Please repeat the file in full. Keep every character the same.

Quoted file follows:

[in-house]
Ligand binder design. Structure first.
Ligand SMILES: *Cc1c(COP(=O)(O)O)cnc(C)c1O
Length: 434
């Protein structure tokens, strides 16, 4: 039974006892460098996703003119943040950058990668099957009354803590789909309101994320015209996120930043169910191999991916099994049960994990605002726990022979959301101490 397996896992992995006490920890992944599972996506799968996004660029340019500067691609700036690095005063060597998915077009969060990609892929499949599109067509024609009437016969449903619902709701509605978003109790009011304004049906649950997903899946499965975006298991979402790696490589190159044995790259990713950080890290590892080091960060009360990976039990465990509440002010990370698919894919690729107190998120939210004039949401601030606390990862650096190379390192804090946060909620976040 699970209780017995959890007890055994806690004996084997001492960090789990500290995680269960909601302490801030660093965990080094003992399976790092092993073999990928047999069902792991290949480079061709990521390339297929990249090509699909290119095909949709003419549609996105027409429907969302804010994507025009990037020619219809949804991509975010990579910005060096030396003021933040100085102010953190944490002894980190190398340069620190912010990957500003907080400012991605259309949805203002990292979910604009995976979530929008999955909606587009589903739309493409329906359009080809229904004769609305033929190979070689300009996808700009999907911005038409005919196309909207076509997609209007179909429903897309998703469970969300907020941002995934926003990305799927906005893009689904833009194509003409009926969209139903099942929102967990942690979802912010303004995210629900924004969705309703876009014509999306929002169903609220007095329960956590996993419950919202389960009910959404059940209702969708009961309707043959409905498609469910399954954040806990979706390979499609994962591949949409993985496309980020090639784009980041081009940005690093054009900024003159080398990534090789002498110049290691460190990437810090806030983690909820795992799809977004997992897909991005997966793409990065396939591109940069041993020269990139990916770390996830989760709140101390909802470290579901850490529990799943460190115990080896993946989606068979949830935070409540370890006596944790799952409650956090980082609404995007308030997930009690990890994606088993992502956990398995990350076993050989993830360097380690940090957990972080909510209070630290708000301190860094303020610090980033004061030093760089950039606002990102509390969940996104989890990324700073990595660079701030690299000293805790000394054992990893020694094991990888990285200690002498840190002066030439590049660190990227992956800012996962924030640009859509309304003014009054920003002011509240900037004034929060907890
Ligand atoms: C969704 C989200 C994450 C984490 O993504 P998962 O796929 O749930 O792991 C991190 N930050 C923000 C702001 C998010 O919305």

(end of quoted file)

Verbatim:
[in-house]
Ligand binder design. Structure first.
Ligand SMILES: *Cc1c(COP(=O)(O)O)cnc(C)c1O
Length: 434
């Protein structure tokens, strides 16, 4: 039974006892460098996703003119943040950058990668099957009354803590789909309101994320015209996120930043169910191999991916099994049960994990605002726990022979959301101490 397996896992992995006490920890992944599972996506799968996004660029340019500067691609700036690095005063060597998915077009969060990609892929499949599109067509024609009437016969449903619902709701509605978003109790009011304004049906649950997903899946499965975006298991979402790696490589190159044995790259990713950080890290590892080091960060009360990976039990465990509440002010990370698919894919690729107190998120939210004039949401601030606390990862650096190379390192804090946060909620976040 699970209780017995959890007890055994806690004996084997001492960090789990500290995680269960909601302490801030660093965990080094003992399976790092092993073999990928047999069902792991290949480079061709990521390339297929990249090509699909290119095909949709003419549609996105027409429907969302804010994507025009990037020619219809949804991509975010990579910005060096030396003021933040100085102010953190944490002894980190190398340069620190912010990957500003907080400012991605259309949805203002990292979910604009995976979530929008999955909606587009589903739309493409329906359009080809229904004769609305033929190979070689300009996808700009999907911005038409005919196309909207076509997609209007179909429903897309998703469970969300907020941002995934926003990305799927906005893009689904833009194509003409009926969209139903099942929102967990942690979802912010303004995210629900924004969705309703876009014509999306929002169903609220007095329960956590996993419950919202389960009910959404059940209702969708009961309707043959409905498609469910399954954040806990979706390979499609994962591949949409993985496309980020090639784009980041081009940005690093054009900024003159080398990534090789002498110049290691460190990437810090806030983690909820795992799809977004997992897909991005997966793409990065396939591109940069041993020269990139990916770390996830989760709140101390909802470290579901850490529990799943460190115990080896993946989606068979949830935070409540370890006596944790799952409650956090980082609404995007308030997930009690990890994606088993992502956990398995990350076993050989993830360097380690940090957990972080909510209070630290708000301190860094303020610090980033004061030093760089950039606002990102509390969940996104989890990324700073990595660079701030690299000293805790000394054992990893020694094991990888990285200690002498840190002066030439590049660190990227992956800012996962924030640009859509309304003014009054920003002011509240900037004034929060907890
Ligand atoms: C969704 C989200 C994450 C984490 O993504 P998962 O796929 O749930 O792991 C991190 N930050 C923000 C702001 C998010 O919305």